When science wins, does sport lose?

Now before you get started, let it be known that this is quite a big step away from what we, as coaches, tend to say. I am a sports scientist who loves the performance and training benefits that continue to develop through scientific research. What I am about to say is a huge contradiction, but there have been a few things recently that have got me thinking…

I was reading an article that highlighted the outstanding performance of Joshua Cheptegei, an incredible athlete that has broken the longstanding 5km world record time with an incredible time of 12.36.36. This meant that his running speed was around 23.5kph! The article, which you can find here, describes how a line was used for the pacers and Cheptegei to stick to, ensuring a scientifically perfectly paced effort was executed. Of course I don't wish to take away his incredible effort which no doubt involved a great deal of pain and determination. But when it comes to this record breaking time, It feels more of a scientific experiment than a competitive race. I had a similar feeling as I watched Kipchoge break 2 hours for a marathon. Watching as a sports scientist, I could understand the various aspects of this performance, how he sat at his critical pace, the calculations and testing required beforehand, the clinical execution. I was left feeling this was an emotionless event, I am in no doubt I am wrong.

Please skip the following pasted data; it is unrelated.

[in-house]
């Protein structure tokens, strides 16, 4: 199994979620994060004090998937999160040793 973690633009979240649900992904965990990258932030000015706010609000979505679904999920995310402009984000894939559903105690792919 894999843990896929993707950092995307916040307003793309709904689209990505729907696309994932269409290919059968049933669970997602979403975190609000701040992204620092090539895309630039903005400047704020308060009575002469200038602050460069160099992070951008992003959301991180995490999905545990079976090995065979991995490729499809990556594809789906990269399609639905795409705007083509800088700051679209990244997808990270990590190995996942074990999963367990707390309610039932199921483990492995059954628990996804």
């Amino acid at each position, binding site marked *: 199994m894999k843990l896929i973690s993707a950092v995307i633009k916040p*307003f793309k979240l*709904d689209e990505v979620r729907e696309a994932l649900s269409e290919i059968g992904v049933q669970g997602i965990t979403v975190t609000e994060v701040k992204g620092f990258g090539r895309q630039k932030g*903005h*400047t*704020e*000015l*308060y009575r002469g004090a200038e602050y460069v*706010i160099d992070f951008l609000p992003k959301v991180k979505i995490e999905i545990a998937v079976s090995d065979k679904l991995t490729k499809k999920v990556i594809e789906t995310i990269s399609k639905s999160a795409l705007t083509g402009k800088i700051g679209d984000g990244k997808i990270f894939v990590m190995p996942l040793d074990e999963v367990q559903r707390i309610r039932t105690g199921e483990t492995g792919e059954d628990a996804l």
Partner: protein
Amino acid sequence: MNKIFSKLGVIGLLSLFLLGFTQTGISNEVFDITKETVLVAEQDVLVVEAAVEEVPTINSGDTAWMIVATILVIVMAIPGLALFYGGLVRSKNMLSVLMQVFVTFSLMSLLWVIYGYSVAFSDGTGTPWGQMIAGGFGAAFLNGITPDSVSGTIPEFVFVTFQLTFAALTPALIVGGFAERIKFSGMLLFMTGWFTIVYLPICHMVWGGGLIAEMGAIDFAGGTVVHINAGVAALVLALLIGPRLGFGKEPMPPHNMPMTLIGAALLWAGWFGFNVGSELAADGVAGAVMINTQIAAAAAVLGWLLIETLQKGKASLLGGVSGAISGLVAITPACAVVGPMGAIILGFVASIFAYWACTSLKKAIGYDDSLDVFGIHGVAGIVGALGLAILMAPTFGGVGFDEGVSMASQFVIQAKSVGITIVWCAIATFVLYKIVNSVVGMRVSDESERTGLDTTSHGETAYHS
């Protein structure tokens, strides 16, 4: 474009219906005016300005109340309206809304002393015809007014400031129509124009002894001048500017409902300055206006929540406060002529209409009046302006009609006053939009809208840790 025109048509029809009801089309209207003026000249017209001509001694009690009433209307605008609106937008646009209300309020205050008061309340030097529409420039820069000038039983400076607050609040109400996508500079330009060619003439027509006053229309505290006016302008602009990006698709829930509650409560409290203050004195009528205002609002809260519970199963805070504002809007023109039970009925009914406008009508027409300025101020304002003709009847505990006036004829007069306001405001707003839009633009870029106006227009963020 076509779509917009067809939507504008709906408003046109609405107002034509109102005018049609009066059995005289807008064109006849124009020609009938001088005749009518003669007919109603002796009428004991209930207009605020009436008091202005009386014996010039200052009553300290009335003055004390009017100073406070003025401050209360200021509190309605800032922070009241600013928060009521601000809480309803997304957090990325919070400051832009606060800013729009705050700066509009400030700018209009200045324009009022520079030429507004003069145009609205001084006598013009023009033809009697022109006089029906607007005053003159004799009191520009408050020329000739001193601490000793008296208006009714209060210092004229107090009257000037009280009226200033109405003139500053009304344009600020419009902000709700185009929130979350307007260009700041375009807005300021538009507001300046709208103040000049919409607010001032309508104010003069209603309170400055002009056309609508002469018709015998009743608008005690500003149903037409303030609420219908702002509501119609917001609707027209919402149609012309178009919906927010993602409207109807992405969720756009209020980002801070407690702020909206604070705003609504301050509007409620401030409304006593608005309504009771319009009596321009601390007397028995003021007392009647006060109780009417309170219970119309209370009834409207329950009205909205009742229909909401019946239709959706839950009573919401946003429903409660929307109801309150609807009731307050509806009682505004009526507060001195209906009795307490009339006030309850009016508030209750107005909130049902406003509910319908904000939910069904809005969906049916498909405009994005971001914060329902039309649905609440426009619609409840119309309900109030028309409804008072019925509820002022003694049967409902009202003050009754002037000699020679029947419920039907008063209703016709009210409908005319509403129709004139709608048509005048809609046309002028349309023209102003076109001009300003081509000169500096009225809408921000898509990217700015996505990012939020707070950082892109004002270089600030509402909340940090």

This led me to think about cycling and how there is a raging debate regarding the use of power meters in races. It’s when you see Chris Froome intently staring at his bike computer, riding to his FTP rather than focusing on the race that is going on around him, that you can really see why there would be an argument against them. Does the development of scientific knowledge correlate with a less enticing sporting spectacle? Would the sport be more exciting if there were more Alberto Contador’s in the mix, relentlessly attacking on the hills and animating the race?

Science in sport is everywhere, there are golf swing analysis, football stats forever, and even heart rate  zones in cross country skiing. Does this mean that sport is becoming more sterile? On the one hand, the modern olympics was founded on the purity of sport and the concept of pushing the human body to outstanding physical performances. It should be celebrated that these world records continue to be knocked down as the bar continues to rise. 

But, does science take away from the raw contest of mind and body in a race? I understand that science is essential for an individual pursuit, such as targeting the hour record or a time trial, but this is different to a race environment. Take away the garmins, pacers, power meters and heart rate monitors, how different would the race be then?

I hope this article has given you food for thought. What would you rather watch; Team Sky dominating the front of a peloton, riding to power, preventing attacks and winning, or the top 10 general classification riders throwing in their biggest punches in Mont Ventoux?

Let me know your thoughts on the subject, email me at rf@innerfight.com

By; Rob Foster, Endurance Coach